September 25, 2014 – I figured out how I’m going to attached the electronics and at the same time give my robot a more natural contour: I will cut out an hour glass shape out of acrylic and attach it between the upper and lower aluminum channels, as shown in the following drawing: The curvy shape gives the robot a more organic appearance which helps to offset the industrial feel of the aluminium. The acrylic will be red. The color red is a bold color that stands out in a crowd, and it implies that the robot has life in it because blood is red. The color also give my robot a simple name: Red.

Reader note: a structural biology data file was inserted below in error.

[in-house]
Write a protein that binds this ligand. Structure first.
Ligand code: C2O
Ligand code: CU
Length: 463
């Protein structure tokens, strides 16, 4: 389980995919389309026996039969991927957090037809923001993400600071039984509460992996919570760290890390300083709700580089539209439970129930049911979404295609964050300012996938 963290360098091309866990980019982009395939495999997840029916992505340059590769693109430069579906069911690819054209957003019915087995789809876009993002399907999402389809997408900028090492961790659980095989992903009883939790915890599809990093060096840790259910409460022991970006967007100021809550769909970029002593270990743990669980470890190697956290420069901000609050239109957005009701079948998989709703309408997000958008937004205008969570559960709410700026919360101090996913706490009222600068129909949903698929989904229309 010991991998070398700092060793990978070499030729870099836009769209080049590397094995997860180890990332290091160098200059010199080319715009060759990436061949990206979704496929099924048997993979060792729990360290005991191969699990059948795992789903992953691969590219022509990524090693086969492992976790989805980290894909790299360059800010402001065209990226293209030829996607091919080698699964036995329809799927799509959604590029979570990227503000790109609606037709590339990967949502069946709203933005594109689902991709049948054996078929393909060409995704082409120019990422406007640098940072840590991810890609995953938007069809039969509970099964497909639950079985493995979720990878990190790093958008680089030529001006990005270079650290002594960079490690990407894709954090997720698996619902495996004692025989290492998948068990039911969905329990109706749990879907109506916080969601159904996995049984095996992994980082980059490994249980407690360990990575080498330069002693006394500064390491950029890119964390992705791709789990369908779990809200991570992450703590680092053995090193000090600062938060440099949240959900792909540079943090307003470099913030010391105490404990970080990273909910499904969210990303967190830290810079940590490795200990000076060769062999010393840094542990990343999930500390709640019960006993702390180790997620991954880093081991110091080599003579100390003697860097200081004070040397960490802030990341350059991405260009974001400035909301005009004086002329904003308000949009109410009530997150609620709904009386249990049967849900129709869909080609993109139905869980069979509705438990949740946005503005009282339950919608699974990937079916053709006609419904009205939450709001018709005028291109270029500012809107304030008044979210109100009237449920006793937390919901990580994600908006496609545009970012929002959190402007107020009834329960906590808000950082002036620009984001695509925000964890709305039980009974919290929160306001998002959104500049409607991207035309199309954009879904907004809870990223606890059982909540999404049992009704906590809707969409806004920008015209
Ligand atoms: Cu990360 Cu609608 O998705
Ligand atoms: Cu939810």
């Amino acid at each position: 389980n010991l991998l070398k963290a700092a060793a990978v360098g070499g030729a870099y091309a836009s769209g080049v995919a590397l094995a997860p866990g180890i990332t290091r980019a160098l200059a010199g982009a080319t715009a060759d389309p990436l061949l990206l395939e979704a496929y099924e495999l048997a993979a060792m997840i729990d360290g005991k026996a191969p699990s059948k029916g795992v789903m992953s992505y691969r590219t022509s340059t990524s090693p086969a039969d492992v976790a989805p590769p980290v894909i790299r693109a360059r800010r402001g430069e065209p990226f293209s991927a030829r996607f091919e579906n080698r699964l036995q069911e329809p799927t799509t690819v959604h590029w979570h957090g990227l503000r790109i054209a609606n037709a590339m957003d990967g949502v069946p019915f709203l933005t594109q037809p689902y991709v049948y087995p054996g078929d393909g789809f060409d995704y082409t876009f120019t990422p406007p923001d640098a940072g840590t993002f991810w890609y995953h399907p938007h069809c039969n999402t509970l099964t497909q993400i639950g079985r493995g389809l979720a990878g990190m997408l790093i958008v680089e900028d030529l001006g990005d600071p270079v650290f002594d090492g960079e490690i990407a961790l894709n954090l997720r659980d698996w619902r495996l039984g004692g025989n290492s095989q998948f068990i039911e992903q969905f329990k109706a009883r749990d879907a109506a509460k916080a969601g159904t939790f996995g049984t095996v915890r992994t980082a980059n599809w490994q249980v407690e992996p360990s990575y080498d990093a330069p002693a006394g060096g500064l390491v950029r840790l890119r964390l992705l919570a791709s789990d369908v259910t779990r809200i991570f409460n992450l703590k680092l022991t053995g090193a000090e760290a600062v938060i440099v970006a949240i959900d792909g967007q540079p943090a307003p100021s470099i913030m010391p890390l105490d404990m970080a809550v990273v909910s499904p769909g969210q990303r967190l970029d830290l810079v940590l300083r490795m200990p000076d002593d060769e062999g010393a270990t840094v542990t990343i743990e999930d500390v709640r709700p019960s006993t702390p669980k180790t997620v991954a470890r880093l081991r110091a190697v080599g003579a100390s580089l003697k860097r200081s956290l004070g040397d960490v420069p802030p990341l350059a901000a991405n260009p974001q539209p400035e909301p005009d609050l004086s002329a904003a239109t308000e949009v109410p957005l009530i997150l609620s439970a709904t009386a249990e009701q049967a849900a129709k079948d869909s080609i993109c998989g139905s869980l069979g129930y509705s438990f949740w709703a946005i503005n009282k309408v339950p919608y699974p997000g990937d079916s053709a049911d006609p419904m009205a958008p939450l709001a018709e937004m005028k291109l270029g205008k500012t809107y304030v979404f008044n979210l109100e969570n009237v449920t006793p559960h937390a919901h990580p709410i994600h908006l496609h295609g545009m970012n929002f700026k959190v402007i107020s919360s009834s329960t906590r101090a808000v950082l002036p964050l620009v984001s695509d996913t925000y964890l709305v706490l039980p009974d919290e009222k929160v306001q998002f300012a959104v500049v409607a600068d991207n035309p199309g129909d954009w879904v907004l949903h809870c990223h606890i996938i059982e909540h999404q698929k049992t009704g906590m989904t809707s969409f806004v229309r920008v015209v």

September 26, 2014 – I tried to use the NetDuino Plus 2 that I bought from SparkFun and had hoped to use as the controller for Red. I discovered that it is not really an Arduino, and it does not work with the Arduino IDE. It requires Visual Studio Express. Ugghh. I’ve have some basic experience with the Arduino IDE, and I use Keil every day. I don’t have time to install and learn another IDE in time for this contest, so I need another controller board. One of the goals of this contest is to create a kit. An Arduino is a good choice for a kit because Arduinos are so ubiquitous. A kit that required someone to lean Keil probably wouldn’t sell as well to the general maker community. The Arduino Due looks promising because it is fast and has a lot of inputs and outputs, so I will try one of those.